Excreted by cattle as flatulence, methane gas is a major contributor to climate change and, as such, acts as a leading push factor behind the decision of many chain restaurants to offer more plant-based meats on their menus.
But the chain has, in recent years, begun to rectify their detrimental impact on climate change, even before Senator Weiner’s bill had been presented.
McDonald’s net zero energy restaurant
While an important step forward in curtailing the damage perpetrated by fast food chains, this new bill is not the only source of change within the industry. In Orlando, Florida, McDonald’s has recently opened a “net zero energy” store at the Walt Disney World theme park. The store’s primary purpose is to act as a data hub, with which the company can record its energy usage and emissions rate, in line with an overall company target of contracting 36% of its greenhouse emissions – compared to figures recorded in 2015 – by the end of this decade.
Heralded as the brand’s global flagship store upon opening last summer, with a “soft” launch restricting the site's operation on a drive-thru-only basis, the Orlando restaurant is designed to create all of its own power with renewable energy, as part of its continued investment into sustainable business practice. Recognized in a McDonald’s press release as a first-of-its-kind restaurant, the store will create enough on-site power to satisfy 100% of all energy requirements on a net annual basis.
Achieving this are the building’s window louvres which allow the escape of hot air, a roof decked with solar panels and angled to optimize maximum exposure to sunlight, and even plant-covered walls to absorb excess carbon dioxide.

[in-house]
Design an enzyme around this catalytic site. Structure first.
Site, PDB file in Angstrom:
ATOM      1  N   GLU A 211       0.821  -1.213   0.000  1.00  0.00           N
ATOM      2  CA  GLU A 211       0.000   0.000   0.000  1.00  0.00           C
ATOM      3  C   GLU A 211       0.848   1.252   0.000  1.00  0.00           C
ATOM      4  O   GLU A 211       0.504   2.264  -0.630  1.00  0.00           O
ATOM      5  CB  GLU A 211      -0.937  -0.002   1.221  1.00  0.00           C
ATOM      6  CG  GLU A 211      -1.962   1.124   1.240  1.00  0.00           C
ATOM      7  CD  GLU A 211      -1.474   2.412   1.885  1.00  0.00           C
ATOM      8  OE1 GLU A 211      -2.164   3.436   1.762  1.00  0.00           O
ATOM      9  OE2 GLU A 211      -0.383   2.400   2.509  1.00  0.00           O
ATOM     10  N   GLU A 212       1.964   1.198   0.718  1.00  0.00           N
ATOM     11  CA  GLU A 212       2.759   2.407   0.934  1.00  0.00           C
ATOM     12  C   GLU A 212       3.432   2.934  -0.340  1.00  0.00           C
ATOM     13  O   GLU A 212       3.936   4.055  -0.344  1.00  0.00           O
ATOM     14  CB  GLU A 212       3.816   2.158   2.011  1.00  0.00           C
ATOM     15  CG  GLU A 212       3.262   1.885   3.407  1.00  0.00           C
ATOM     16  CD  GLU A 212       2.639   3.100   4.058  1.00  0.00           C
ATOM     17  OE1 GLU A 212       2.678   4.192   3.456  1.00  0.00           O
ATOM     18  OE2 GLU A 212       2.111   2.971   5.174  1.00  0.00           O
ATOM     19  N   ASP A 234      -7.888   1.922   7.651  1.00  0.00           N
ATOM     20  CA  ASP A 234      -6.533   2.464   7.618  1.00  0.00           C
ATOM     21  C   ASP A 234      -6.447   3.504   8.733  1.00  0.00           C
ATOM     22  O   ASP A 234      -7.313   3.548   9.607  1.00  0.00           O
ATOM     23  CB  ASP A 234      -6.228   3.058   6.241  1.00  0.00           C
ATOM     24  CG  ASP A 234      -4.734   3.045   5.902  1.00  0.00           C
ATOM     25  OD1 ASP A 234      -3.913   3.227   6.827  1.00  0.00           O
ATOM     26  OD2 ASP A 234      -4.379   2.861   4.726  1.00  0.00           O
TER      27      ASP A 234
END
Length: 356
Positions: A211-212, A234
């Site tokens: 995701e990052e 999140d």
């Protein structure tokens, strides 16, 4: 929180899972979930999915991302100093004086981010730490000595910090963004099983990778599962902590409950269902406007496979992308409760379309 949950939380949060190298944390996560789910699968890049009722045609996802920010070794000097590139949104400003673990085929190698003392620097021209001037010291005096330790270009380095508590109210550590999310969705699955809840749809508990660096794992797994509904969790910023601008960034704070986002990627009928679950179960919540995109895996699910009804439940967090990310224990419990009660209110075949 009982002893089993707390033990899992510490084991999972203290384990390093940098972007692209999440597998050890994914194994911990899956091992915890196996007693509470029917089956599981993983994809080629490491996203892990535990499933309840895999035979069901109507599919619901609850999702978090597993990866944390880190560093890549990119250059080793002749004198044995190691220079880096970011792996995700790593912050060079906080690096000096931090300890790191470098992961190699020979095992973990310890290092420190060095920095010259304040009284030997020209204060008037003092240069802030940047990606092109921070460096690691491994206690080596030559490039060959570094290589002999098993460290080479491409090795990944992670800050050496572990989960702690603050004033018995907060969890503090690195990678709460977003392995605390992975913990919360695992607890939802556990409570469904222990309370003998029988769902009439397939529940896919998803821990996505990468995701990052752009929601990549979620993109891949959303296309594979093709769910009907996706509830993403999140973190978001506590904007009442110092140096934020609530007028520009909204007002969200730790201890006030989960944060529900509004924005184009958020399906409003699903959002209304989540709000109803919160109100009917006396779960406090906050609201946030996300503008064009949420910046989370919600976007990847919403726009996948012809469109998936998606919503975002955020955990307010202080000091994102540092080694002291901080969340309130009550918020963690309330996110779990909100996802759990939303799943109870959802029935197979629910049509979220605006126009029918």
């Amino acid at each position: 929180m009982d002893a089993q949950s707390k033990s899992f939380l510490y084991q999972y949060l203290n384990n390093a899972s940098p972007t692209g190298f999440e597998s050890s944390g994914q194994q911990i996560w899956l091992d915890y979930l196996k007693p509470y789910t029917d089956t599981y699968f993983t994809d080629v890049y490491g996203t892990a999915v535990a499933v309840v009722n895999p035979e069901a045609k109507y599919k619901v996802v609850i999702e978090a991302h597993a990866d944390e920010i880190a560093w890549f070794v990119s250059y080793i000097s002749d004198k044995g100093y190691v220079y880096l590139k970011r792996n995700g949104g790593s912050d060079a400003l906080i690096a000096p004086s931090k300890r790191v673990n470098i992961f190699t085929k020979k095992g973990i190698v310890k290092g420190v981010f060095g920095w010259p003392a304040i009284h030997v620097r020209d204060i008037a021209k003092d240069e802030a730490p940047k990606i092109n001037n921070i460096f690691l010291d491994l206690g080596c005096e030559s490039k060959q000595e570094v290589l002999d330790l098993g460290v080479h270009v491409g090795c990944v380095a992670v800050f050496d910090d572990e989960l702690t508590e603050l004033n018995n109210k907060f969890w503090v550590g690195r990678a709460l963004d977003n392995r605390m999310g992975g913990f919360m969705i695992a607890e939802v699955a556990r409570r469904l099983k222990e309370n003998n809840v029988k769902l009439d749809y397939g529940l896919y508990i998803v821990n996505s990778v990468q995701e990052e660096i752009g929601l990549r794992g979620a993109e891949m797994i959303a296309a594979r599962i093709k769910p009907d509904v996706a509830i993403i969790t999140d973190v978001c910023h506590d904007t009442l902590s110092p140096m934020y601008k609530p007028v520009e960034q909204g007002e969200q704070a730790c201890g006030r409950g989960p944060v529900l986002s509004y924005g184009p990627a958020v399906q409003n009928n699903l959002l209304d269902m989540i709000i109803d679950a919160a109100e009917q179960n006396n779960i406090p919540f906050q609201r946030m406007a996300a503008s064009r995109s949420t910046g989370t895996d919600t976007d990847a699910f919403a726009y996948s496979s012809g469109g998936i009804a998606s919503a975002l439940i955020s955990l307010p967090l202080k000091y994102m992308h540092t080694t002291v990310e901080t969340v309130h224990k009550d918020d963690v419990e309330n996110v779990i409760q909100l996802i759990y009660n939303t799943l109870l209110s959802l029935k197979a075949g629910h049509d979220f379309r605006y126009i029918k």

Chipotle Mexican Grill Real FoodPrint app
Another large food chain to have adopted a more environmentally-conscious approach to emissions generated by food production is Chipotle Mexican Grill, in the form of their FoodPrint App. By accounting for the ingredients used in customers’ orders, the app summarizes the positive impact your purchase will have made in relation to specific variables such as the number of square feet of land usage being saved, the gallons of water being saved, and how many grams of carbon are not being pumped into the atmosphere.
The innovative app has been given added mainstream appeal thanks to some savvy endorsement on TikTok and YouTube. In the form of bite-sized videos, celebrity scientist and former children’s TV presenter Bill “the Science Guy” Nye promotes the service in just 15 seconds, explaining how it highlights the environmental impact of the brand’s sustainably-sourced products compared to those of other fast food chains.
With large multinational corporations beginning to recognize the impacts their products have on climate change, Senator Weiner’s new bill represents important change within California, the largest state economy in the country. With 2,000 online signatures needed by the CLCV, you can show your support by signing here and validate the reputation of California as one of the US’s most environmentally proactive states.